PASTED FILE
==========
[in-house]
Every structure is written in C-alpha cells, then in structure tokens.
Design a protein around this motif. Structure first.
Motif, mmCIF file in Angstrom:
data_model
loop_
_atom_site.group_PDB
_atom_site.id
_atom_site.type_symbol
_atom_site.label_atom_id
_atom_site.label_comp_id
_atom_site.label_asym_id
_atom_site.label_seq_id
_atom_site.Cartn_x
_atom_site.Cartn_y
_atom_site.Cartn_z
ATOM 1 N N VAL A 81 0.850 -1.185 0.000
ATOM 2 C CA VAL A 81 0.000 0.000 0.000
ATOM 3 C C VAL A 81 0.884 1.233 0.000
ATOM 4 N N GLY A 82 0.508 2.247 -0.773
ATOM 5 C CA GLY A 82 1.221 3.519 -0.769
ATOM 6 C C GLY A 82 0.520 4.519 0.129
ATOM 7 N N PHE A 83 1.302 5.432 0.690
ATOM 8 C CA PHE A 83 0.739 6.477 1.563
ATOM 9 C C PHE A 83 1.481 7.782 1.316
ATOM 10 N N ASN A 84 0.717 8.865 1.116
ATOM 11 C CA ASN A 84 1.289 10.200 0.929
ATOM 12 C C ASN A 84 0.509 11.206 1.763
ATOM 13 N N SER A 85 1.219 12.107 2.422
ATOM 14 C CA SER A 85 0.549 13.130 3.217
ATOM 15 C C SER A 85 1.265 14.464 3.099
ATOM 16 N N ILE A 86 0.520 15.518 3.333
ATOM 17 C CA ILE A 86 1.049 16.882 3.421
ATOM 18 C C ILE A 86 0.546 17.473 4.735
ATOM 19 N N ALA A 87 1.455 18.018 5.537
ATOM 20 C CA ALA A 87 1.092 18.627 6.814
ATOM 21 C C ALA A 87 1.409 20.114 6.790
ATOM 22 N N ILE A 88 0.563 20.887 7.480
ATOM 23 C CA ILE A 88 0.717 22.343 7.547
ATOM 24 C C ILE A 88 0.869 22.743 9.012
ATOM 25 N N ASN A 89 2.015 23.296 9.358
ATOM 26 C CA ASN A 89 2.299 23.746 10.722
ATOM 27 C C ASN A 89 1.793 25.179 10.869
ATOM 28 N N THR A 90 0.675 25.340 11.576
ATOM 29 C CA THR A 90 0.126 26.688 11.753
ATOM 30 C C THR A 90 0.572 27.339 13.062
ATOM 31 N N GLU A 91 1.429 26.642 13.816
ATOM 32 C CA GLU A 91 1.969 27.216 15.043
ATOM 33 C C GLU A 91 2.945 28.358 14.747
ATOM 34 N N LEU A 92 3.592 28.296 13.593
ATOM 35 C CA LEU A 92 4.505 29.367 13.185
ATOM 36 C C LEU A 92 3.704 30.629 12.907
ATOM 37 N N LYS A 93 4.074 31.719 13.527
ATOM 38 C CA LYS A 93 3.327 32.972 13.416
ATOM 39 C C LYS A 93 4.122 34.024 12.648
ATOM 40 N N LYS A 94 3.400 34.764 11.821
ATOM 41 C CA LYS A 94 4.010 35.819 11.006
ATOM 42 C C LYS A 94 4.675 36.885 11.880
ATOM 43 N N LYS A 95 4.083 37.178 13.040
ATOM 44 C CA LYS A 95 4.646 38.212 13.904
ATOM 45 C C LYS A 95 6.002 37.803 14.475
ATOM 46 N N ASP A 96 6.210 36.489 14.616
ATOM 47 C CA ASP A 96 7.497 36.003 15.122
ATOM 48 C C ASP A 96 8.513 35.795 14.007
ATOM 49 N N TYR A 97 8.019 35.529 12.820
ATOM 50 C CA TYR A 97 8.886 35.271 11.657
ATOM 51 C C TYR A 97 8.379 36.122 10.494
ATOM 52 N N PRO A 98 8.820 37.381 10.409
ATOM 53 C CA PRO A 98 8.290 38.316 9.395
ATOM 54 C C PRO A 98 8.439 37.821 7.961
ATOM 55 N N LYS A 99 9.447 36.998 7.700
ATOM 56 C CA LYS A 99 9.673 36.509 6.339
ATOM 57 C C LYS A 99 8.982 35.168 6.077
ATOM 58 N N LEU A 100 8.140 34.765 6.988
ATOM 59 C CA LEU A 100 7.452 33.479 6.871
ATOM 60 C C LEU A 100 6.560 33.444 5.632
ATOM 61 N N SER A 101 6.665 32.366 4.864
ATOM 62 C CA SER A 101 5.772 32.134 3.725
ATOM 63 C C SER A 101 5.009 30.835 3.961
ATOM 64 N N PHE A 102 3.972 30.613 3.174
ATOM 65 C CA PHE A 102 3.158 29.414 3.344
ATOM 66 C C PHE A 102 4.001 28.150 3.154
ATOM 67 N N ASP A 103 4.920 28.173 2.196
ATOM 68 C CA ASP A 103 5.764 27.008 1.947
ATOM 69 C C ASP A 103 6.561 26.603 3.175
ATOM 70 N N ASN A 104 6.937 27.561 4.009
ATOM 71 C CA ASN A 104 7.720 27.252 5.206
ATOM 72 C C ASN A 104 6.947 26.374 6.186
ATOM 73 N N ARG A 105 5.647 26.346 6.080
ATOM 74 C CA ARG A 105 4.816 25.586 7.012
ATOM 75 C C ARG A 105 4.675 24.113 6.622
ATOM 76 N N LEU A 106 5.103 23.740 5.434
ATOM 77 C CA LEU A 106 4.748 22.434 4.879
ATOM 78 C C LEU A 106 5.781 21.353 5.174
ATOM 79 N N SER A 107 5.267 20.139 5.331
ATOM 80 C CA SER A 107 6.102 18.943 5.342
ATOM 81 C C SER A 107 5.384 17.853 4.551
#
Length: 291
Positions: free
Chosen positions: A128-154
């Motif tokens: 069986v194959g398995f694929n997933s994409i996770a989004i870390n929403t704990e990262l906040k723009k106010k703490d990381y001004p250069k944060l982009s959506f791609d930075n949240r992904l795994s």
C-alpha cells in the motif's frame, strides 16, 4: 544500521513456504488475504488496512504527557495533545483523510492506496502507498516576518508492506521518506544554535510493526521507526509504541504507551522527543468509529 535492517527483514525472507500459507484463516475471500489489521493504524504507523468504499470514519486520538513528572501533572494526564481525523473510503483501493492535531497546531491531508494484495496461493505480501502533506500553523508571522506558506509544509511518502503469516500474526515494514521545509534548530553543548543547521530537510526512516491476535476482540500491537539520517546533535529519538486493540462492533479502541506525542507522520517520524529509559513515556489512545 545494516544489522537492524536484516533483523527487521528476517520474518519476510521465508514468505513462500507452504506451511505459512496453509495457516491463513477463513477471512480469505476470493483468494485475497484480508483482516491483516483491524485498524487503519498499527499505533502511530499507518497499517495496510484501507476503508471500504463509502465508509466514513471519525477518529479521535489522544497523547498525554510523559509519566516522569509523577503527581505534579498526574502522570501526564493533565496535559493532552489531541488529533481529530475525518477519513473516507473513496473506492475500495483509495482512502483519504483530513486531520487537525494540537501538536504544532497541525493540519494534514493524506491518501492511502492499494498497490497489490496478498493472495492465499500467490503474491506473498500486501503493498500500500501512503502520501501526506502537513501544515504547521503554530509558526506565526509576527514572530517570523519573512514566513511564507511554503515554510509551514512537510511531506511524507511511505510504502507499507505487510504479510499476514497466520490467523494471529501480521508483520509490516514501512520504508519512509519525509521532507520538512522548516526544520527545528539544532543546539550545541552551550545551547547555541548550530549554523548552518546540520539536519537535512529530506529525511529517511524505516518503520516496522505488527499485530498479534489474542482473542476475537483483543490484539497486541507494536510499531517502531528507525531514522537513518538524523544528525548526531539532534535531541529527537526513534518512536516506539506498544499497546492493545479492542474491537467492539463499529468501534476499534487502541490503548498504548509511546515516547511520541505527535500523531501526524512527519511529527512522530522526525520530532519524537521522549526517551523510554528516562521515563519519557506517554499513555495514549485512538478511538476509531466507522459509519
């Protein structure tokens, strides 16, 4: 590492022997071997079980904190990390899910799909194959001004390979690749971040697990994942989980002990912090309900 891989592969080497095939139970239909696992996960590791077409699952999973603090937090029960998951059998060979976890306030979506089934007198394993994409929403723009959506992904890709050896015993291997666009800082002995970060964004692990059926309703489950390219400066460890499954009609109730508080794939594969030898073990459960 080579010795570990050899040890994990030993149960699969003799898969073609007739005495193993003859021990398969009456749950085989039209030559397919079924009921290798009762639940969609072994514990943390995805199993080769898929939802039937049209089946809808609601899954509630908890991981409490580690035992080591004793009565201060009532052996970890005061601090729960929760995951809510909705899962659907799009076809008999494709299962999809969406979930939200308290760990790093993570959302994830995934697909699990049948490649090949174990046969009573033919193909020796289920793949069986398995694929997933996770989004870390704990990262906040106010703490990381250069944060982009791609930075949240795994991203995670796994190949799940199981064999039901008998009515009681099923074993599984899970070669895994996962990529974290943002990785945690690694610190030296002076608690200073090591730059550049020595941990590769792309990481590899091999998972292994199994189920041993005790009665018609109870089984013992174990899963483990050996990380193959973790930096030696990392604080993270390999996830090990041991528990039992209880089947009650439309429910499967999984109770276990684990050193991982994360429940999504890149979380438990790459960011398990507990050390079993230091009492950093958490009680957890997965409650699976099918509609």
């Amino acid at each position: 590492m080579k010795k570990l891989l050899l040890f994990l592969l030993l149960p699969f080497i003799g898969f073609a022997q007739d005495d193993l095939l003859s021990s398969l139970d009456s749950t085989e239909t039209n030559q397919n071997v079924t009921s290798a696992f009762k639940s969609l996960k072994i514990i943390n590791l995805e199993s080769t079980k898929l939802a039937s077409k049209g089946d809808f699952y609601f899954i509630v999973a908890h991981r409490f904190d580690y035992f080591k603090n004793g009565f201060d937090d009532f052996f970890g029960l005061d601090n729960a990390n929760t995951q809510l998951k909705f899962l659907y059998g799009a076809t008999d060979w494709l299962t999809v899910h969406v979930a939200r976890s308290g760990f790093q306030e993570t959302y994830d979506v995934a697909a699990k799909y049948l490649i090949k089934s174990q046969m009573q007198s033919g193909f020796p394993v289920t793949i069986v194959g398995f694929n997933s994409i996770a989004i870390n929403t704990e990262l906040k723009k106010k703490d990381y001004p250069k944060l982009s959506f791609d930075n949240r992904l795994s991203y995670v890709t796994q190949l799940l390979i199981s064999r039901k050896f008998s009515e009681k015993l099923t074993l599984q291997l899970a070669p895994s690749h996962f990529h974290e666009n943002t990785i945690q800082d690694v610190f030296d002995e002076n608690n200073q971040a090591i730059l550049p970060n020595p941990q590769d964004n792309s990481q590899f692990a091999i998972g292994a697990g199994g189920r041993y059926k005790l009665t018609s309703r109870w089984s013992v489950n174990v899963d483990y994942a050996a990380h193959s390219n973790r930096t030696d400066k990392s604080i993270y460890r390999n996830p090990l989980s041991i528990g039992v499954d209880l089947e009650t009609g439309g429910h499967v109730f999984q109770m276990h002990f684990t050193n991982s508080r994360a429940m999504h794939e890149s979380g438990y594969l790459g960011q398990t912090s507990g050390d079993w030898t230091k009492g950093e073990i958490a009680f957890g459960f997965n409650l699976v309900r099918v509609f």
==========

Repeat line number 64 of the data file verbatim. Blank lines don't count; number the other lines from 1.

ATOM 48 C C ASP A 96 8.513 35.795 14.007